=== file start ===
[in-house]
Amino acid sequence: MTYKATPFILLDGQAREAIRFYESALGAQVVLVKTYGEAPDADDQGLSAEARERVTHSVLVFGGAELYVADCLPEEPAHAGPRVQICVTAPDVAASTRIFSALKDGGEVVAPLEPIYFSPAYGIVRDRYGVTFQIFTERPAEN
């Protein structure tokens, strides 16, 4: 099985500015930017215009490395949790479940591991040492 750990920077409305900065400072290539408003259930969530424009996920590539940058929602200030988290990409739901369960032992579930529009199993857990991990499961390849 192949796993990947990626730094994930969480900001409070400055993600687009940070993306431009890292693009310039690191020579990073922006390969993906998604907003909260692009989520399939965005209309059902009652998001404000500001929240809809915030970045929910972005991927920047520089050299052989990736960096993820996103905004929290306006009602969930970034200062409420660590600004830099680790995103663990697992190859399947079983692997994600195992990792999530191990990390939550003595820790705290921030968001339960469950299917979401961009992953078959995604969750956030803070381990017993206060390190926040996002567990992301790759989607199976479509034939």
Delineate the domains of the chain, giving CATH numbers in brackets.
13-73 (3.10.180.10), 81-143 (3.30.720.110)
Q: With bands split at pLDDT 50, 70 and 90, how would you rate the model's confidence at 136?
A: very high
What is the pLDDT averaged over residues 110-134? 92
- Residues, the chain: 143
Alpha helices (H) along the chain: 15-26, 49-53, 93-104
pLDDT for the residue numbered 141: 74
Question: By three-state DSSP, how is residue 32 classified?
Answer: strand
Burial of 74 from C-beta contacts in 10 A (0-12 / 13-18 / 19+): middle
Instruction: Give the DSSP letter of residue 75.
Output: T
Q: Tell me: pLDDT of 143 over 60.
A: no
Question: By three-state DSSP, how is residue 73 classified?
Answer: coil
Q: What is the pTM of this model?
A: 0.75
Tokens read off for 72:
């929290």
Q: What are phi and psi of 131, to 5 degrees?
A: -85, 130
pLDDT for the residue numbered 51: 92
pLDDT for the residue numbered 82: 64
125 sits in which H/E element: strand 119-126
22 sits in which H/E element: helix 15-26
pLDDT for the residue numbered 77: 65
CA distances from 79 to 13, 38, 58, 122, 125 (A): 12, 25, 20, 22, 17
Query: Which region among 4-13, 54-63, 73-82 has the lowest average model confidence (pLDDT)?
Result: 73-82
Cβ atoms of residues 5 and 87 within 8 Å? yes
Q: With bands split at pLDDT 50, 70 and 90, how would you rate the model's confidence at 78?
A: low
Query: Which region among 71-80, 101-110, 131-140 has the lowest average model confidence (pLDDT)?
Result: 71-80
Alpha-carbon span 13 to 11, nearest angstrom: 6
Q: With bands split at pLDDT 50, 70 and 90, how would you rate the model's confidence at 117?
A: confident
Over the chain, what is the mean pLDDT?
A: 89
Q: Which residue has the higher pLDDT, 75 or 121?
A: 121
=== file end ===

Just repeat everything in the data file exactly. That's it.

[in-house]
Amino acid sequence: MTYKATPFILLDGQAREAIRFYESALGAQVVLVKTYGEAPDADDQGLSAEARERVTHSVLVFGGAELYVADCLPEEPAHAGPRVQICVTAPDVAASTRIFSALKDGGEVVAPLEPIYFSPAYGIVRDRYGVTFQIFTERPAEN
């Protein structure tokens, strides 16, 4: 099985500015930017215009490395949790479940591991040492 750990920077409305900065400072290539408003259930969530424009996920590539940058929602200030988290990409739901369960032992579930529009199993857990991990499961390849 192949796993990947990626730094994930969480900001409070400055993600687009940070993306431009890292693009310039690191020579990073922006390969993906998604907003909260692009989520399939965005209309059902009652998001404000500001929240809809915030970045929910972005991927920047520089050299052989990736960096993820996103905004929290306006009602969930970034200062409420660590600004830099680790995103663990697992190859399947079983692997994600195992990792999530191990990390939550003595820790705290921030968001339960469950299917979401961009992953078959995604969750956030803070381990017993206060390190926040996002567990992301790759989607199976479509034939």
Delineate the domains of the chain, giving CATH numbers in brackets.
13-73 (3.10.180.10), 81-143 (3.30.720.110)
Q: With bands split at pLDDT 50, 70 and 90, how would you rate the model's confidence at 136?
A: very high
What is the pLDDT averaged over residues 110-134? 92
- Residues, the chain: 143
Alpha helices (H) along the chain: 15-26, 49-53, 93-104
pLDDT for the residue numbered 141: 74
Question: By three-state DSSP, how is residue 32 classified?
Answer: strand
Burial of 74 from C-beta contacts in 10 A (0-12 / 13-18 / 19+): middle
Instruction: Give the DSSP letter of residue 75.
Output: T
Q: Tell me: pLDDT of 143 over 60.
A: no
Question: By three-state DSSP, how is residue 73 classified?
Answer: coil
Q: What is the pTM of this model?
A: 0.75
Tokens read off for 72:
């929290």
Q: What are phi and psi of 131, to 5 degrees?
A: -85, 130
pLDDT for the residue numbered 51: 92
pLDDT for the residue numbered 82: 64
125 sits in which H/E element: strand 119-126
22 sits in which H/E element: helix 15-26
pLDDT for the residue numbered 77: 65
CA distances from 79 to 13, 38, 58, 122, 125 (A): 12, 25, 20, 22, 17
Query: Which region among 4-13, 54-63, 73-82 has the lowest average model confidence (pLDDT)?
Result: 73-82
Cβ atoms of residues 5 and 87 within 8 Å? yes
Q: With bands split at pLDDT 50, 70 and 90, how would you rate the model's confidence at 78?
A: low
Query: Which region among 71-80, 101-110, 131-140 has the lowest average model confidence (pLDDT)?
Result: 71-80
Alpha-carbon span 13 to 11, nearest angstrom: 6
Q: With bands split at pLDDT 50, 70 and 90, how would you rate the model's confidence at 117?
A: confident
Over the chain, what is the mean pLDDT?
A: 89
Q: Which residue has the higher pLDDT, 75 or 121?
A: 121